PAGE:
Volume 95, Issue 11

Wednesday, September 19, 2001
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Big Wreck enjoys the greedy pleasures of fame

Q-Burns Abstract Magic: makin' DJs play Britney

Sarah Slean: a drunk, old woman

Welch's voice a Timeless entity

Welch's voice a Timeless entity

Gillian Welch

Time (The Revelator)

Acony Records

Four 1/2 Stars (out of five)

There's no dust to wipe off any of Gillian Welch's records. She comes in clean and clear.

Since her 1996 debut, Revival, Welch has produced fresh music which sounds like it originated a long time ago. Still, she is probably best known for her striking duet with Alison Krauss, that covered the gospel song "I'll Fly Away," for the Oh Brother, Where Art Thou? soundtrack.

Time (The Revelator), Welch's third release, continues her record of outstandingly understated recordings. Along with her musical partner and brilliant multi-instrumentalist David Rawlings, Welch writes and performs original and timeless music.

The album captures Welch and Rawlings' distinct, earthy harmonies over ten consistently intriguing tracks.

For instance, Welch sings honestly about making out with her first boyfriend while a Steve Miller Band record played "My First Lover."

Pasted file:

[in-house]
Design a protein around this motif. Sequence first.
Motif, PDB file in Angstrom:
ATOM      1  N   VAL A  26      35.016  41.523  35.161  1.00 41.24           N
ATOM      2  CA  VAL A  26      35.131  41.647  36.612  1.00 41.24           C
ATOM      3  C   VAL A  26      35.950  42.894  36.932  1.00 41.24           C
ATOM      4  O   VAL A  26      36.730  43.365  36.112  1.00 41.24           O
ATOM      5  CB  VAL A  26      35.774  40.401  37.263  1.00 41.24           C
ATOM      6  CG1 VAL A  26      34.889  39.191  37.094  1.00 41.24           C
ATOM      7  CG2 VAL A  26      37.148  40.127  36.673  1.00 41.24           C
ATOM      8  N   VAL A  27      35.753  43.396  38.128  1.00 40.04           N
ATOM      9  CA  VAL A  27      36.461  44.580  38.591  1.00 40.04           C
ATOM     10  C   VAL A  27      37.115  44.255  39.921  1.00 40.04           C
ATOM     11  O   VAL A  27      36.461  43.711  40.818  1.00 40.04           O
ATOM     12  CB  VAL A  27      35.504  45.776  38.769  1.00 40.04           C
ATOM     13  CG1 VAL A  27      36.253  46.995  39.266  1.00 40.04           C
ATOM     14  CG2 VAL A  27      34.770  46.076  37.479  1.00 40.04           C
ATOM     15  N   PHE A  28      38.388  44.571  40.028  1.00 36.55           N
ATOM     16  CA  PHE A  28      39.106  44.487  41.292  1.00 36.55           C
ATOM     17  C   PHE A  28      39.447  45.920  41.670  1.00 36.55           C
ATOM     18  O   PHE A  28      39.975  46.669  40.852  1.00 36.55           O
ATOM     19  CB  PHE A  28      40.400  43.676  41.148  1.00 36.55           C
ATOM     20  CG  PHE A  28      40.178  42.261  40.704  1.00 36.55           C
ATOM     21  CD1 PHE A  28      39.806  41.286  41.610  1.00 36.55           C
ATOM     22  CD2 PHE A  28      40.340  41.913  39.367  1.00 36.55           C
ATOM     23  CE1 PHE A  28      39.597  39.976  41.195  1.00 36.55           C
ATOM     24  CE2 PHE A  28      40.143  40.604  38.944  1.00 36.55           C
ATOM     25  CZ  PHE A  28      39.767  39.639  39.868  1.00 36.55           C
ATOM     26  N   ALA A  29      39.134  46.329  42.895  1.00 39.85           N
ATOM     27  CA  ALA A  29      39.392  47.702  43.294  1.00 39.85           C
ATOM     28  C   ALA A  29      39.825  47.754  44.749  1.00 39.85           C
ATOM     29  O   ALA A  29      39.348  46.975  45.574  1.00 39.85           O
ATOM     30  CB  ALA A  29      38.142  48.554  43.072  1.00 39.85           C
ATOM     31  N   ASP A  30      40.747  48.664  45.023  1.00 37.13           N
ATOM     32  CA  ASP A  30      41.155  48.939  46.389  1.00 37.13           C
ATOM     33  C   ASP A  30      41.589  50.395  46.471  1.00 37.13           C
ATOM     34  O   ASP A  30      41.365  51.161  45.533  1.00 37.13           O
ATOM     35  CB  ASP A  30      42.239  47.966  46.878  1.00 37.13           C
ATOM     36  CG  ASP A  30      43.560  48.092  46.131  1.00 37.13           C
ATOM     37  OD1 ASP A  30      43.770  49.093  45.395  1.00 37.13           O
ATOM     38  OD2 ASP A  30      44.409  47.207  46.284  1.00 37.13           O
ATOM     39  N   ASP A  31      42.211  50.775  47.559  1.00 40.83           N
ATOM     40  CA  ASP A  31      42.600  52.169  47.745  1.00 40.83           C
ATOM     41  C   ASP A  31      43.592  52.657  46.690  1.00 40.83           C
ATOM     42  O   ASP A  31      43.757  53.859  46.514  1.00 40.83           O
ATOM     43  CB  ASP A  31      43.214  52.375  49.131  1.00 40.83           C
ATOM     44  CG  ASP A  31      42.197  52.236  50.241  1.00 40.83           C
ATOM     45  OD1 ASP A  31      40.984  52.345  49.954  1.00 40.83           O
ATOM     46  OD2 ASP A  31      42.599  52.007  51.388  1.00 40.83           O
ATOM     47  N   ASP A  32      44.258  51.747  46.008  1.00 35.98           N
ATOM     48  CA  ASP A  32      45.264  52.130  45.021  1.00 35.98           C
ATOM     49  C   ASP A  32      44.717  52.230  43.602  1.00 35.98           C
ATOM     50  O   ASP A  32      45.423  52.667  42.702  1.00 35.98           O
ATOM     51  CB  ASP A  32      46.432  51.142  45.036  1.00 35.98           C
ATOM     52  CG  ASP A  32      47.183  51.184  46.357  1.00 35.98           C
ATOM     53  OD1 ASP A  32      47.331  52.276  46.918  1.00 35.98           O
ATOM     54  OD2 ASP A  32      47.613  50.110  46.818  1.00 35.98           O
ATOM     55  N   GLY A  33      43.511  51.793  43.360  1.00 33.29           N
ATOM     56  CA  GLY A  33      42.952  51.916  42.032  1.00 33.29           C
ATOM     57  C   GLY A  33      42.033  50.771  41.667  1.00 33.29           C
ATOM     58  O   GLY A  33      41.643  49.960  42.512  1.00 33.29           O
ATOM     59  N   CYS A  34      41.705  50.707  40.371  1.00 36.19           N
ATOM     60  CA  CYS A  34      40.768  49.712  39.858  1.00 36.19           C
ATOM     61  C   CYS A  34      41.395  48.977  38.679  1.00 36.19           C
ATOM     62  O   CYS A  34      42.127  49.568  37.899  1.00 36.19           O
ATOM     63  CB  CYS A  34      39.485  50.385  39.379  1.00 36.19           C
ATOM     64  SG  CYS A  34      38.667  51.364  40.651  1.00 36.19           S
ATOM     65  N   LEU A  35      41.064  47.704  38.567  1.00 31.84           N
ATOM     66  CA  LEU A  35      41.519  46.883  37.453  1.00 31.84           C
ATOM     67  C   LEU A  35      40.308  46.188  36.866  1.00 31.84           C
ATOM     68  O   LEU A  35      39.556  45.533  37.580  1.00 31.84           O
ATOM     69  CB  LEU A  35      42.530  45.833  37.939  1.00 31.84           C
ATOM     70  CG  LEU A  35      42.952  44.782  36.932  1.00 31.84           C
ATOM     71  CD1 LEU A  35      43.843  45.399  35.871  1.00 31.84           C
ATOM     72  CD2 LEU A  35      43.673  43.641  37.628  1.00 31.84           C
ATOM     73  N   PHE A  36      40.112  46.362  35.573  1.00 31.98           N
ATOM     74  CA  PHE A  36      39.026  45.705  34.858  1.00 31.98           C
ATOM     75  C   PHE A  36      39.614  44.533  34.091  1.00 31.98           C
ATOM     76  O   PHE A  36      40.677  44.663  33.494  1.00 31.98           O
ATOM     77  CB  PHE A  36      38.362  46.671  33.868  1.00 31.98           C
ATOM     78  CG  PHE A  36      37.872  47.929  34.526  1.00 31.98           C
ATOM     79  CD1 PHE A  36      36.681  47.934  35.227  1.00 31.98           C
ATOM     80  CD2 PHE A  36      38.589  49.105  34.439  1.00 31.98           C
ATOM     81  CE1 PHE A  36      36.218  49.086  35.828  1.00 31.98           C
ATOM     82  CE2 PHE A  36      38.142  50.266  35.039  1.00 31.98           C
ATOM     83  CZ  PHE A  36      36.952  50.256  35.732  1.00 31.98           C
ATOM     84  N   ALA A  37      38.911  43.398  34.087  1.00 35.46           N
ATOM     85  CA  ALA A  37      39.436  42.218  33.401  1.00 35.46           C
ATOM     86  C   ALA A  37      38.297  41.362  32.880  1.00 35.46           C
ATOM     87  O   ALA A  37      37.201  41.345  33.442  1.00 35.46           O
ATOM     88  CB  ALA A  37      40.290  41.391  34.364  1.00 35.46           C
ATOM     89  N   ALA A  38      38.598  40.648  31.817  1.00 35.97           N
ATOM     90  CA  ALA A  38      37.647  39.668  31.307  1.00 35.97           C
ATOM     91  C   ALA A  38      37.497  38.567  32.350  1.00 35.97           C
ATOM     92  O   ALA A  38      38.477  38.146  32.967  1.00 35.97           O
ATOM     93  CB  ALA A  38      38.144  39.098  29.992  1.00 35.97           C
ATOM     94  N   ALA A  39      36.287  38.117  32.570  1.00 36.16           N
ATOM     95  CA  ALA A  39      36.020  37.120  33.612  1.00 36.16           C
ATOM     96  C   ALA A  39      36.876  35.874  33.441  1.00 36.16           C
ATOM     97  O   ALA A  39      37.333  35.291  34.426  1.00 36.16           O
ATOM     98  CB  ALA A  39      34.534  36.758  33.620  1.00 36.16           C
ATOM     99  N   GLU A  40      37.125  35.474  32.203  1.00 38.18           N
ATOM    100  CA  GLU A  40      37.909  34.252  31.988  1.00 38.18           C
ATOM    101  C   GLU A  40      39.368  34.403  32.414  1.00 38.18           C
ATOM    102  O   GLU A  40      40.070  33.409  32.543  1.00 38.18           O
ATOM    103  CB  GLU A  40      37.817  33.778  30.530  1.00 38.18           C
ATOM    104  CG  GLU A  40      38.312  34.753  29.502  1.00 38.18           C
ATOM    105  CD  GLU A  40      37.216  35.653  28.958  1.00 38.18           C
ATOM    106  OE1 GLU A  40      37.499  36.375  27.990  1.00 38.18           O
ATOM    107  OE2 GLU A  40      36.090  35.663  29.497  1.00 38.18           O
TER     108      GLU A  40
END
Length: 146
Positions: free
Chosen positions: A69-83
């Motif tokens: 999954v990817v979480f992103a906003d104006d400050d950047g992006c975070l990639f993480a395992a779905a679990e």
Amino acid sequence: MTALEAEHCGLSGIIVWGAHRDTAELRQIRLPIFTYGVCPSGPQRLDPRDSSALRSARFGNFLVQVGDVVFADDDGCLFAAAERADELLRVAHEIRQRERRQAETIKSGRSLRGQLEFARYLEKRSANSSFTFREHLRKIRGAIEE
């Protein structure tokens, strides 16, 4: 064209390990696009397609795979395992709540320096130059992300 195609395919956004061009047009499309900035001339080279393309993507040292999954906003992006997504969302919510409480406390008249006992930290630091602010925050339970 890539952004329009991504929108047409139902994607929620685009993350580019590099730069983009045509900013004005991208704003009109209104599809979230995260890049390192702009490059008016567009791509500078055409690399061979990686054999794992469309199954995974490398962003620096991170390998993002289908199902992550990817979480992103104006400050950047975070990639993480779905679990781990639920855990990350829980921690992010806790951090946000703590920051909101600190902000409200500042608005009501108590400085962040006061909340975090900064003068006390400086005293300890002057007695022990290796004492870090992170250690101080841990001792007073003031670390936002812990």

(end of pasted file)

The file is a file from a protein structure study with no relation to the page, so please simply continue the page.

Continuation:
She longs to electrify her soul on the ironically sparse "I Want to Sing That Rock and Roll" – a song previously recorded for T-Bone Burnett''s live concert recording of artists who appear on the Oh Brother soundtrack.

If there is a common theme connecting Welch's songs, it's the constant sense of longing for time passed. Welch laments that while there may be more clarity in the present, things may have been better in the past. This sense of pondering the past's worth in the present is a powerful theme on Time.

Welch begins by singing of time as the revelator – the teller of all – but completes it with a dream of a highway back to the infamous "you."

Welch's sound and physical appearance are also indicative of this look to the past, in which Welch seems to find a vibrant part of her present. The entirely acoustic instrumentation, the photos in the CD inset and Welch's vocals are all very surreal in the age of electronic trickery and synthetically produced pop music.

For now, only Time will reveal the lasting impact of Welch's wonderfully pure sound.

–Zach Peterson

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